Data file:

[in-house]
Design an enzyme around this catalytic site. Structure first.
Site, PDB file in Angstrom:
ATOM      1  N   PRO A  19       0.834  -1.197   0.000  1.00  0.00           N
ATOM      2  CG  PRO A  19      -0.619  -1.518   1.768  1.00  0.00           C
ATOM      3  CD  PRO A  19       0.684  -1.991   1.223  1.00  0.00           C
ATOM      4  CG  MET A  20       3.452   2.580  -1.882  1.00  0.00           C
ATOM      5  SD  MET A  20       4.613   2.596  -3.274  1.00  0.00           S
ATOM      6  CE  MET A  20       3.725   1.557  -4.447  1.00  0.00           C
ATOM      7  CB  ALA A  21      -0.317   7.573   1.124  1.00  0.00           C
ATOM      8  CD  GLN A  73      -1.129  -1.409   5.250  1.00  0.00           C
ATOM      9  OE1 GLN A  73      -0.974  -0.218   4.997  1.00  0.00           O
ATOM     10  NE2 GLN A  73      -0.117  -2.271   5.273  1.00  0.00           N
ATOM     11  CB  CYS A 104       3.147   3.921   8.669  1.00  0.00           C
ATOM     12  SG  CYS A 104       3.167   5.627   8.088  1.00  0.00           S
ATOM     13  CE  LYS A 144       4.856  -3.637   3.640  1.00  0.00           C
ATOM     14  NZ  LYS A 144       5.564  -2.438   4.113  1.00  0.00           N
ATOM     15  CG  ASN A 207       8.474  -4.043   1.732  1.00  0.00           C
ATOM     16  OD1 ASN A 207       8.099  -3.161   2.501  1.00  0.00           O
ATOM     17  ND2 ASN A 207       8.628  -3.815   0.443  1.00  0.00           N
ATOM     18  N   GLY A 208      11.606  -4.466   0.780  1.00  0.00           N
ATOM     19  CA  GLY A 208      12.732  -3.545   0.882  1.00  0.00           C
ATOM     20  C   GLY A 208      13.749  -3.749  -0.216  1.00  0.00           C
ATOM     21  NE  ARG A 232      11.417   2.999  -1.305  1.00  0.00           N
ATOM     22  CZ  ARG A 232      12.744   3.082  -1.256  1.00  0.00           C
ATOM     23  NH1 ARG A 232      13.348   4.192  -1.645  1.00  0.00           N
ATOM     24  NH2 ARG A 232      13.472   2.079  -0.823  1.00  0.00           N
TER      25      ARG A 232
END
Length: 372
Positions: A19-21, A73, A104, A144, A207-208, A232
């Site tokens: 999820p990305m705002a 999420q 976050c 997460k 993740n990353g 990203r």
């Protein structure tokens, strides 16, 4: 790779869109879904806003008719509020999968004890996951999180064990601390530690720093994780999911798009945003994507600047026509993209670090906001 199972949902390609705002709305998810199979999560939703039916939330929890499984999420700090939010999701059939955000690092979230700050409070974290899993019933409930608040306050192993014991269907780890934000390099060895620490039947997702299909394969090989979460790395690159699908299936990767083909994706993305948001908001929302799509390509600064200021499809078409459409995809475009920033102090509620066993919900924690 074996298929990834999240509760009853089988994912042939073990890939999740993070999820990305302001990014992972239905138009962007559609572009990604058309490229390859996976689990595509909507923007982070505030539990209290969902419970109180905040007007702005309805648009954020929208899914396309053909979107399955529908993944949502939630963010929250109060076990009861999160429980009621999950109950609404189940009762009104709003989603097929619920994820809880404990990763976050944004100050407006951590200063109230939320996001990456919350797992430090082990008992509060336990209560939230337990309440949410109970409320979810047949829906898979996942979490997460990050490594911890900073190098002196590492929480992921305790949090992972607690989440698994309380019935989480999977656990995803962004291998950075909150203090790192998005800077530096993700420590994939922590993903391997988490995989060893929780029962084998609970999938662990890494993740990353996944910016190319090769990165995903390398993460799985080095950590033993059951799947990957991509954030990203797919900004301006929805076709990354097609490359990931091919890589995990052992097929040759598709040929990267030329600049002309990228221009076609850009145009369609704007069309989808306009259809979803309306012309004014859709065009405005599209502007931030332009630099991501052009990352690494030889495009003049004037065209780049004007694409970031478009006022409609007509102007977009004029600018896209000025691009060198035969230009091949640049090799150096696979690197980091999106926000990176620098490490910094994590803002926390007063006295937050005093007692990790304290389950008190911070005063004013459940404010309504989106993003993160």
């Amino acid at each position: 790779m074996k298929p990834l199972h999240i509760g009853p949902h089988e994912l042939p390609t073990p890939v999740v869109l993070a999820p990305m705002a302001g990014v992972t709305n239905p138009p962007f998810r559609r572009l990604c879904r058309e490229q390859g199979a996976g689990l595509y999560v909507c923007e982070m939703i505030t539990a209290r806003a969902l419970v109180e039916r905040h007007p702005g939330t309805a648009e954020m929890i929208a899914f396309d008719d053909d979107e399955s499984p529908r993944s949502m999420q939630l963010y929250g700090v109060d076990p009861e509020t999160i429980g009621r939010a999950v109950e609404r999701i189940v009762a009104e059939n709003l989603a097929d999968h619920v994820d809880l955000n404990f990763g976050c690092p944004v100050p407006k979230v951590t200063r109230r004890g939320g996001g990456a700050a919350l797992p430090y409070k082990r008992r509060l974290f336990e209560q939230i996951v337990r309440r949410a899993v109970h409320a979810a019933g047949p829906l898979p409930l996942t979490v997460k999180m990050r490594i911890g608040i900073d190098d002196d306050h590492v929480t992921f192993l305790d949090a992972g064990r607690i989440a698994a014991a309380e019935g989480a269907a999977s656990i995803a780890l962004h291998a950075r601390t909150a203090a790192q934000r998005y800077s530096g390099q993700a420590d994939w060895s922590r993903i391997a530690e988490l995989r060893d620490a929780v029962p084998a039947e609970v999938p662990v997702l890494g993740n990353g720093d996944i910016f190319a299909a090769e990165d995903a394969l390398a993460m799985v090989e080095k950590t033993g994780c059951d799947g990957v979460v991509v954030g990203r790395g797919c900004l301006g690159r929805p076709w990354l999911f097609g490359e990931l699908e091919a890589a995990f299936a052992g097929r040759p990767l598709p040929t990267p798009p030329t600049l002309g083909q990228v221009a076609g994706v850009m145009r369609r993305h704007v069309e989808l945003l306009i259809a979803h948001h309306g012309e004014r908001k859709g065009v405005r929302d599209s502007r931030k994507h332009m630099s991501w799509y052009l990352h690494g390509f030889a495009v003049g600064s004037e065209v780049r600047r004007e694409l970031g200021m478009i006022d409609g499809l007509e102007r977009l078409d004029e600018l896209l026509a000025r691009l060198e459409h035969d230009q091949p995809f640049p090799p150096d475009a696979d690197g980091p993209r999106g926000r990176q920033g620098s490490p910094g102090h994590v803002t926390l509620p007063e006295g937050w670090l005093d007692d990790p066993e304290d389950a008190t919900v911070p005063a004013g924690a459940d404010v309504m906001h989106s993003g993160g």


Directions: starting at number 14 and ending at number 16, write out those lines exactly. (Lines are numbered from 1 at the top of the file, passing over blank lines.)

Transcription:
ATOM     11  CB  CYS A 104       3.147   3.921   8.669  1.00  0.00           C
ATOM     12  SG  CYS A 104       3.167   5.627   8.088  1.00  0.00           S
ATOM     13  CE  LYS A 144       4.856  -3.637   3.640  1.00  0.00           C